Publish: Whatever The Price? A French Study On Structuration Of Costs During Publishing Process In Digital Humanities
CNRS, member of BSN7 group, France
CNRS, member of BSN7 group, France
CNRS, member of BSN7 group, France
Paul Arthur, University of Western Sidney
Locked Bag 1797
Penrith NSW 2751
Converted from a Word document
public academic edition
digital humanities - institutional support
digital humanities - facilities
In 2009 the French Ministry of Higher Education and Research created a facility, the Digital Scientific Library (Bibliothèque Scientifique Numérique [BSN]), to provide national-level support for the scientific and technical information sector and to inform on a variety of issues. A part of the work of BSN is focused on the various aspects of the publishing process, considering good practice policies and direct and indirect costs related to the activity.
This article presents the BSN as an emerging facility and, more specifically, describes the protocol and results from a survey implemented by the ‘publishing’ group focused on the costs associated with publishing in human and social sciences from the perspective of actors actively involved in developing editorial added-value.
The Digital Scientific Library, a Facility for French Public Digital Sciences Research Institutions
Publishing articles in scientific journals is expensive for French public institutions for a number of reasons, from financing the editorial process and production, to purchasing libraries and providing access to researchers. The issue of making publicly funded scientific publications available in Open Access form has increasingly become the subject of heated debates.
In addition, since 2012 and with the long-term perspective of Horizon 2020, national and European financial institutions have both included in their recommendations the use of Open Access publication (recommendations by the European Commission in July 2012 and the Horizon 2020 December 2013 release), and the French Ministry of Higher Education and Research clearly positioned itself on the subject with its declaration in 2013, ‘Scientific information is a common asset that must be available to all’ (Fioraso, 2013). Among the priority actions outlined by the Ministry of Research to achieve this goal are the following three proposals: to develop
Green Open Access, to provide support for
Gold Open Access, and to promote the development of a third road emphasizing innovation and sustainability.
The BSN publishing group is tasked with implementing scalable recommendations, adaptable to changes in the state of the art within the sector, editorial practices, usage, and market demands. The long-term objective of the group is to produce a sustainable scientific digital guide outlining:
• Best practices promoting innovative content use, dissemination, and preservation.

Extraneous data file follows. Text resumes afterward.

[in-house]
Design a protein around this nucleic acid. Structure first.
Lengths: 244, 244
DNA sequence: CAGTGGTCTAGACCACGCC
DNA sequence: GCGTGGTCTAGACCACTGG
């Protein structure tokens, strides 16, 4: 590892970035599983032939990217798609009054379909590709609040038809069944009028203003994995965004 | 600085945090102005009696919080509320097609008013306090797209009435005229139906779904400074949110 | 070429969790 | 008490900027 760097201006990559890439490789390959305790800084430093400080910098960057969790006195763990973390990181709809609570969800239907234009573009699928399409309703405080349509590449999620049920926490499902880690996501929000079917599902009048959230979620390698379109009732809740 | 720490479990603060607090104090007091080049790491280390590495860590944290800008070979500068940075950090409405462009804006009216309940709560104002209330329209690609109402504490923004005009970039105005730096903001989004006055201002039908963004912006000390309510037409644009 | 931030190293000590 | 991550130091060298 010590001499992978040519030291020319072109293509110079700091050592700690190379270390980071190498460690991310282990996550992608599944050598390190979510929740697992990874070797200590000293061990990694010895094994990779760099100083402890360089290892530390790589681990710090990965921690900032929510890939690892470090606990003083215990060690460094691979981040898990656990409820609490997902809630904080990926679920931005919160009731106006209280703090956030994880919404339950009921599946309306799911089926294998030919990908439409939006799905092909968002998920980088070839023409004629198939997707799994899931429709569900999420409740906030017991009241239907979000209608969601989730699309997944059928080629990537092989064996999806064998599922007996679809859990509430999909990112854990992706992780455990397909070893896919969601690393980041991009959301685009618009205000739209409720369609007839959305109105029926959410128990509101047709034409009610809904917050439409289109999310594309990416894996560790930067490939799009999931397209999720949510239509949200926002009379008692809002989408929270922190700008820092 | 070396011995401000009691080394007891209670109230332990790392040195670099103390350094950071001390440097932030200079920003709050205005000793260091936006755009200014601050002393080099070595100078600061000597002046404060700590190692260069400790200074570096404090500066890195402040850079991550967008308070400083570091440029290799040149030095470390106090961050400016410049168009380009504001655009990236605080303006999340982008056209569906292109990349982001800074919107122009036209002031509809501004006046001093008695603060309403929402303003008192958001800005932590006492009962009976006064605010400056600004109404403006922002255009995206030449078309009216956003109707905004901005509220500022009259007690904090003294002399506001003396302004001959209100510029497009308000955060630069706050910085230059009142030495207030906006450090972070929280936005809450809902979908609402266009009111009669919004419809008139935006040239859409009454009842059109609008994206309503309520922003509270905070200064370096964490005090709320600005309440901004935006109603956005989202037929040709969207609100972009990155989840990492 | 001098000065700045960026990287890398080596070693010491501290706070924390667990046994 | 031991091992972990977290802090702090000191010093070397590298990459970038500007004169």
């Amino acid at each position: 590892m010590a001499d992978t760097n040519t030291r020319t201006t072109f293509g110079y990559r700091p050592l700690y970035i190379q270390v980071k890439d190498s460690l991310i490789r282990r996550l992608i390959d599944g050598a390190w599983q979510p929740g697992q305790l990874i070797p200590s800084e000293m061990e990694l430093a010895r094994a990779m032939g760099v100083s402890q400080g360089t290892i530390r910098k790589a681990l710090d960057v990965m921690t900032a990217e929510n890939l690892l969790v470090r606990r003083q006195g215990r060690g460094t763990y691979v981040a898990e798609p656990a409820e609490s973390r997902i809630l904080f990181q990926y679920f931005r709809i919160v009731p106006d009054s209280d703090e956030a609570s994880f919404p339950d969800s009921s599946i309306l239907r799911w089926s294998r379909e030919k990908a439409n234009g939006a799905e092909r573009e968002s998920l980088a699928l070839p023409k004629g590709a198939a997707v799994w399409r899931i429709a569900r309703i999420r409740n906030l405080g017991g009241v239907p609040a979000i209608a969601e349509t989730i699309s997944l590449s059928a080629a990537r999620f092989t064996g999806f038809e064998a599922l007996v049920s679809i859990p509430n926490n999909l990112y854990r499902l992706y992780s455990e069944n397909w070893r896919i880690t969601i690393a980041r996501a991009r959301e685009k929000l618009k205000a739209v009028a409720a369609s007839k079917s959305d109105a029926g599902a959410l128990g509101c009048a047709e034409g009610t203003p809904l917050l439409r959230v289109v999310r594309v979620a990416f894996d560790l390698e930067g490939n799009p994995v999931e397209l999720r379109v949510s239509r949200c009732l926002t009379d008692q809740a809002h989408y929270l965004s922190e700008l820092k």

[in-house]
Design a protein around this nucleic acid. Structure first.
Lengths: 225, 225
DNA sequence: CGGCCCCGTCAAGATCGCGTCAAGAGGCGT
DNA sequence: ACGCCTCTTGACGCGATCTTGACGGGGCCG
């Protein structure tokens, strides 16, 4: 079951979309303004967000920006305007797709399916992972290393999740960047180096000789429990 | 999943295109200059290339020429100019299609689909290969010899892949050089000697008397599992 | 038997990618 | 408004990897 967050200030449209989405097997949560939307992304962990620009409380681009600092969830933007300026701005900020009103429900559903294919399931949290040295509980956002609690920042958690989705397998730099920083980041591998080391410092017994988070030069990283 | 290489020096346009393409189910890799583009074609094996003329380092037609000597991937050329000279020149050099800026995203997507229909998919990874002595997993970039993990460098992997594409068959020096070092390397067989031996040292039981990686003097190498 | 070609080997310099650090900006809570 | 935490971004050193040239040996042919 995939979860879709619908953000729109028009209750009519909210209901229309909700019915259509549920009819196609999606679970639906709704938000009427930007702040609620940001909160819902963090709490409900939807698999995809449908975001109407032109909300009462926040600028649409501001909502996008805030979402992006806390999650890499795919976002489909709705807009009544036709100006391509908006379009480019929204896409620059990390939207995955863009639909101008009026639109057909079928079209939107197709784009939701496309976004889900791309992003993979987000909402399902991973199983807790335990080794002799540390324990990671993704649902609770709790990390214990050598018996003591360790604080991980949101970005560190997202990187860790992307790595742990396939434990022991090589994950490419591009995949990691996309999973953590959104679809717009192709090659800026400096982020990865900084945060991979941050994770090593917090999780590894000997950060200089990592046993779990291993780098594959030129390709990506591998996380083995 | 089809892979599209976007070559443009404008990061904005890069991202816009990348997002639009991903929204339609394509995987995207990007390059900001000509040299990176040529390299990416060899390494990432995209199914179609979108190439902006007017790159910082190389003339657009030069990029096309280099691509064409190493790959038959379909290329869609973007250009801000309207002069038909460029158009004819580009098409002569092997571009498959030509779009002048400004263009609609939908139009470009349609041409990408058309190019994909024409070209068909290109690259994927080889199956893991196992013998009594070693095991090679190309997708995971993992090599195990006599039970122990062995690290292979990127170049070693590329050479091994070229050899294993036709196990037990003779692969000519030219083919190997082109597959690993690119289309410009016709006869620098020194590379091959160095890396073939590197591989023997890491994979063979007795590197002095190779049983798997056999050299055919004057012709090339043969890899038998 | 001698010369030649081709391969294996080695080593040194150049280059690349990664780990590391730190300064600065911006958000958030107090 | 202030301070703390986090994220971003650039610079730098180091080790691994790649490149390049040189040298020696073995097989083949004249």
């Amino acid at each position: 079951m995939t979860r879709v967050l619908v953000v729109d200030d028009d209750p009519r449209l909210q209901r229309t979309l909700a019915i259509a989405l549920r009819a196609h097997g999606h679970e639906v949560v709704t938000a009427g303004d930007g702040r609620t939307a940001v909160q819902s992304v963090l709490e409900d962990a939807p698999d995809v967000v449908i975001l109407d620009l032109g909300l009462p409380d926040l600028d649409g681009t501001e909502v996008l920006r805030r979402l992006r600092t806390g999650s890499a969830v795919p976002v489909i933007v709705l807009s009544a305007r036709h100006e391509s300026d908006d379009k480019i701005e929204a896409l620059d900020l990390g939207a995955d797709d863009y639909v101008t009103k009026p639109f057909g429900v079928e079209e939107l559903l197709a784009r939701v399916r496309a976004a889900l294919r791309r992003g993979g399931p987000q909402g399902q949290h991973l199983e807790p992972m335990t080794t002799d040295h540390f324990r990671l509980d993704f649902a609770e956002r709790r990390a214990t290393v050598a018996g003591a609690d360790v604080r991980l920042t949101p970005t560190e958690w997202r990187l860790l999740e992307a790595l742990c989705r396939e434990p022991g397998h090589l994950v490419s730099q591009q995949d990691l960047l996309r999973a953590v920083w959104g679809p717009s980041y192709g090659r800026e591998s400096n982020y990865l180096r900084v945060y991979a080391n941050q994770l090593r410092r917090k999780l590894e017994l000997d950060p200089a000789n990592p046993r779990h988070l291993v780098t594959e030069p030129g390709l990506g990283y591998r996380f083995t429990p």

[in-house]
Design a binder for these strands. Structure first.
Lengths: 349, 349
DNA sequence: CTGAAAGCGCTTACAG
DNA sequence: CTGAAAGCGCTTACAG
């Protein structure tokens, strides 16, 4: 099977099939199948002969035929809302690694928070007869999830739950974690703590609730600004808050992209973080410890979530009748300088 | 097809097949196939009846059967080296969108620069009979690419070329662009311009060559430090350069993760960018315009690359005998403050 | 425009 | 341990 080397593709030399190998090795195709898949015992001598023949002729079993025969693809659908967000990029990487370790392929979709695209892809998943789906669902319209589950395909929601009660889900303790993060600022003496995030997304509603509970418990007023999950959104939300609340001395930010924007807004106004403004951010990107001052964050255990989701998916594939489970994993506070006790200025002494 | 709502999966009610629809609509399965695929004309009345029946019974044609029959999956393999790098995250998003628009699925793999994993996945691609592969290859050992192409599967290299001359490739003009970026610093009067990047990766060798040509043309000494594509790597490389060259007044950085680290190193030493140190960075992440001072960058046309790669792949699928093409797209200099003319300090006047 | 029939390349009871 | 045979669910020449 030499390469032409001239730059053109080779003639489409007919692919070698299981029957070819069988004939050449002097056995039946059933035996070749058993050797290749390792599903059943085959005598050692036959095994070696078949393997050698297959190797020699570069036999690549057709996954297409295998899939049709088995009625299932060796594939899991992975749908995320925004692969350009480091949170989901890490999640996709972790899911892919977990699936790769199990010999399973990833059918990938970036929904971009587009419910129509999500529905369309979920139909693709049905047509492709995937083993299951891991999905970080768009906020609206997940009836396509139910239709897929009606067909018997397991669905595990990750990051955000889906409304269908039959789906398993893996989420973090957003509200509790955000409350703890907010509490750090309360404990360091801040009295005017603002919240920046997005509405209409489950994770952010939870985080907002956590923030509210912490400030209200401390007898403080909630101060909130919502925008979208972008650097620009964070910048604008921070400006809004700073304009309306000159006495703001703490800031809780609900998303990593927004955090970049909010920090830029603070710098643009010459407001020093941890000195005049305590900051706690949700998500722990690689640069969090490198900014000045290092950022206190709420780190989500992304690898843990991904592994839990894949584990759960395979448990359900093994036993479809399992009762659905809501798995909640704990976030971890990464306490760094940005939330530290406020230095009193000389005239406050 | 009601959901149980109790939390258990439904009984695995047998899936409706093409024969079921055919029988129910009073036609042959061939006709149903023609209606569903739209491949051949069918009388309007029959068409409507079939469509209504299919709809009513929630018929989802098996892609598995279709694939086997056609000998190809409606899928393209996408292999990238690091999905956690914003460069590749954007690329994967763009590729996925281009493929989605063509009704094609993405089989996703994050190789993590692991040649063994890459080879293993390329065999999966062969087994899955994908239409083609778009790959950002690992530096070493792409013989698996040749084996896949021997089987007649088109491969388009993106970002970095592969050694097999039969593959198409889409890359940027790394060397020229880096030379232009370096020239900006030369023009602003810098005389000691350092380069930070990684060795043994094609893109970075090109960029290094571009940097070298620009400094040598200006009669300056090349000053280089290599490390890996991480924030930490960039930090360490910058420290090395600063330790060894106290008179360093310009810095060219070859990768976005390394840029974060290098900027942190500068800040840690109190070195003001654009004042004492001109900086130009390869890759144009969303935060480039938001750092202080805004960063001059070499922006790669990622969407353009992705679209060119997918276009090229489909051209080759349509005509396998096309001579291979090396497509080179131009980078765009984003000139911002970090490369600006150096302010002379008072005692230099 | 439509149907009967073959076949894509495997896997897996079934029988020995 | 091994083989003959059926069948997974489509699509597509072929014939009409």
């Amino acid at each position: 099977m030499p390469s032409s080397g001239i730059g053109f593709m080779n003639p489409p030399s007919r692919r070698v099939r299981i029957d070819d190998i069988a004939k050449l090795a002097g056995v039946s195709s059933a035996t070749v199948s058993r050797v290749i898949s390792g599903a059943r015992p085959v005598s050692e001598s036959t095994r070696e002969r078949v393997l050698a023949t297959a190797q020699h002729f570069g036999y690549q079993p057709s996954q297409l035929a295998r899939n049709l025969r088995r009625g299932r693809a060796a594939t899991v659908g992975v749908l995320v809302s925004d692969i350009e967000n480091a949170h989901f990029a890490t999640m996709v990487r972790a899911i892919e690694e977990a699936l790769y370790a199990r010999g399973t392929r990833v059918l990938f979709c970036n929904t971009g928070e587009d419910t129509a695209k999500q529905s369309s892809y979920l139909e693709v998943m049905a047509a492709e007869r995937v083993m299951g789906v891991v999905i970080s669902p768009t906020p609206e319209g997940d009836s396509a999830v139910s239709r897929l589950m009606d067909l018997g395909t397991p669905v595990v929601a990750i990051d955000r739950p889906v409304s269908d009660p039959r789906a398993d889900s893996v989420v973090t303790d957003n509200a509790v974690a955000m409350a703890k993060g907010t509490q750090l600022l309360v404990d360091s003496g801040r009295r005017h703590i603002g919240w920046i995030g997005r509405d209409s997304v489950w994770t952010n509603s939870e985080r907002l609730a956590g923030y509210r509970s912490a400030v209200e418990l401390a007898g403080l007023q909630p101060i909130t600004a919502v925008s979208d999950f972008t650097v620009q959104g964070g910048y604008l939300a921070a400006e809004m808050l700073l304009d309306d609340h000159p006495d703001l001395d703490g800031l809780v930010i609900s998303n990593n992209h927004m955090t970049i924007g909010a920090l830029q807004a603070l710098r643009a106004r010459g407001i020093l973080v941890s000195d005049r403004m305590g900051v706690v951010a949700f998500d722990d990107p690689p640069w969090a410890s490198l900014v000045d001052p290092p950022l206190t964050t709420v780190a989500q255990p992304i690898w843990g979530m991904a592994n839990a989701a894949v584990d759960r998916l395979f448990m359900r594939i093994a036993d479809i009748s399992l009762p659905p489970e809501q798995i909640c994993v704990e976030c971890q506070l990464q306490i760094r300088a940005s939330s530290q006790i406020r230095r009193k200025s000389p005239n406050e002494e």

• Conditions for access to make the greatest number of research results available, ideally in Open Access form.
The Survey of Editorial Costs for Humanities and Social Science Journals
This survey, conducted by the BSN publishing group, is designed to collect the most recent information available representing a diverse range of situations related to editorial costs for research journals, for all disciplines, for a comprehensive and up-to-date assessment. The objective is to identify common parameters of different journals related to their operations and editorial financing and to provide a set of realistic and adaptable guideline recommendations for journals targeting Open Access publication. To achieve this, it is necessary to identify all manufacturing costs for scientific journals and differentiate shares of the public and private sectors in terms of financial support, contributing to increasing editorial value or providing support for production, dissemination, and distribution, for both printed and digital works. The main question is: What is the cost of producing a scientific article, and what is the cost to transition to Open Access?
The survey began with 10 qualitative interviews with journal managers or managing editors to produce detailed descriptions of the scientific and financial operations of their journals and to discuss how they viewed Open Access publishing (or issues related to the process of transitioning to Open Access). These first interviews allowed us to understand the stages of the editorial chain and provided information on the time and cost required for each necessary task within that chain for more than 15 journals. To complement and support these first results, a quantitative survey with 66 questions was then sent out, between July 2014 and November 2014, to 300 people working for university publishers or French research centres for which a part of their activity is dedicated to publishing double-blind peer-reviewed scientific journals. In the end, both cumulative surveys helped to collate results for 50 French humanities and social science academic journals.
Conclusion and Discussion